More questions for B...

Was really good to say hello to you yesterday B even though it was very brief…Got a few qs

With hanging off style of riding, is there a such thing as not hanging off enough when the objective isn’t to get ones knee down and when hanging off isn’t even necessary?

The whole issue with references points…Are they really just an initial guide to help get around the track?

I ask because theoretically I would think they can limit a riders progress if they rigidly rely upon them e.g a braking reference point will change the faster a rider becomes but if a rider just uses the same point on track they will believe they going as fast as possible.

If reference points are supposed to be dynamic (change over time) then isn’t it just the same as knowing where a track goes through experience and just becoming more comfortable with the track and thus becoming faster?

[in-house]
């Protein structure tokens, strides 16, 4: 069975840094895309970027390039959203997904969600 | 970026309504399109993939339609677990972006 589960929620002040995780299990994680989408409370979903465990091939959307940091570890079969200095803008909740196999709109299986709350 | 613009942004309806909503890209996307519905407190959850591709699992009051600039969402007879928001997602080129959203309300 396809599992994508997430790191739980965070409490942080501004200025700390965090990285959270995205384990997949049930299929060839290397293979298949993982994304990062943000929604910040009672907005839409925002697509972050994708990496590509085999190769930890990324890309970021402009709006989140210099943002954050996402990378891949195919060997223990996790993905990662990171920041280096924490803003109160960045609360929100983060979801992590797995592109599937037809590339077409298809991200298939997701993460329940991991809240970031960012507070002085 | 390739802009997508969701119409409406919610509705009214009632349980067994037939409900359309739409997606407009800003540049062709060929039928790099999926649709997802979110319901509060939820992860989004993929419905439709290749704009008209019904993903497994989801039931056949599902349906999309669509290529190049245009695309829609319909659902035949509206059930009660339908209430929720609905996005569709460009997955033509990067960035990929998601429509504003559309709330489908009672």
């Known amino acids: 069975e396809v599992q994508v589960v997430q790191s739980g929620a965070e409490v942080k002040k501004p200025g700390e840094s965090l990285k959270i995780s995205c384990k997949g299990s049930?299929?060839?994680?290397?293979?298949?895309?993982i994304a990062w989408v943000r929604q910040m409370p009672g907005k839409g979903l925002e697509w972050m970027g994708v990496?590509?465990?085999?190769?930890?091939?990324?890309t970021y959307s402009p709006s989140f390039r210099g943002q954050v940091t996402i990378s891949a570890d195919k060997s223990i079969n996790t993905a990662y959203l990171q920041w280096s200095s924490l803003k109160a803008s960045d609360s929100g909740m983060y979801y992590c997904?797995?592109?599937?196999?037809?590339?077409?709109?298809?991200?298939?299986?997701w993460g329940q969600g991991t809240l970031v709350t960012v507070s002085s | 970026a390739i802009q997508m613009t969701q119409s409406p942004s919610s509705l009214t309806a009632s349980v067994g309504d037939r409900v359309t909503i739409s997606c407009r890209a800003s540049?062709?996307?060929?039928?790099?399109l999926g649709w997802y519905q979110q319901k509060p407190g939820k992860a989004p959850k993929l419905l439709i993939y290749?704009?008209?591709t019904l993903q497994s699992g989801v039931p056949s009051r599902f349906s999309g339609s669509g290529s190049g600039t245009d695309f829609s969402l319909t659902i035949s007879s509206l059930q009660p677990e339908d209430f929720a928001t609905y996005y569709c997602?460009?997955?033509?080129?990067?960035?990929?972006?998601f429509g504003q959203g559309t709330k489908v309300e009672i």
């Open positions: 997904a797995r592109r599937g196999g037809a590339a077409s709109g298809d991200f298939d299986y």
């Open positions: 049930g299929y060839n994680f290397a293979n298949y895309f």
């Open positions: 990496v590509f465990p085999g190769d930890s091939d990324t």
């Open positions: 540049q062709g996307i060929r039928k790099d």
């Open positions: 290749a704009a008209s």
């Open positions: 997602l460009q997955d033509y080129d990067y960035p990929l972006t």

If you are using the whole width of the track, turning the bike as fast as you can to hit the apex, and going any faster around the corner means you run off, doesn’t that mean you’ve found your limit?

I’d really appreciate you following me around Donington for 2 or 3 laps and getting your feedback as I feel comfortable on the track, the last time there felt really good, but it’d be nice to know if I’m doing things the correct way.

I have no aspirations to go racing and my main priorities are to have fun and leave the track with the bike intact so that’s my level. I’ll experiement with things but I don’t need to take any unnecessary risks and I don’t care who passes me really.


Yeah it was really good to meet you yesterday Afro

Fridayman has started something here with question time, i’ll try and help where i can.

Generally speaking it does help to hang off as it will keep you on the fatter part of the tyre but also helps keep the bike more settled because of the lesser forces acting because of the lowered centre of gravity.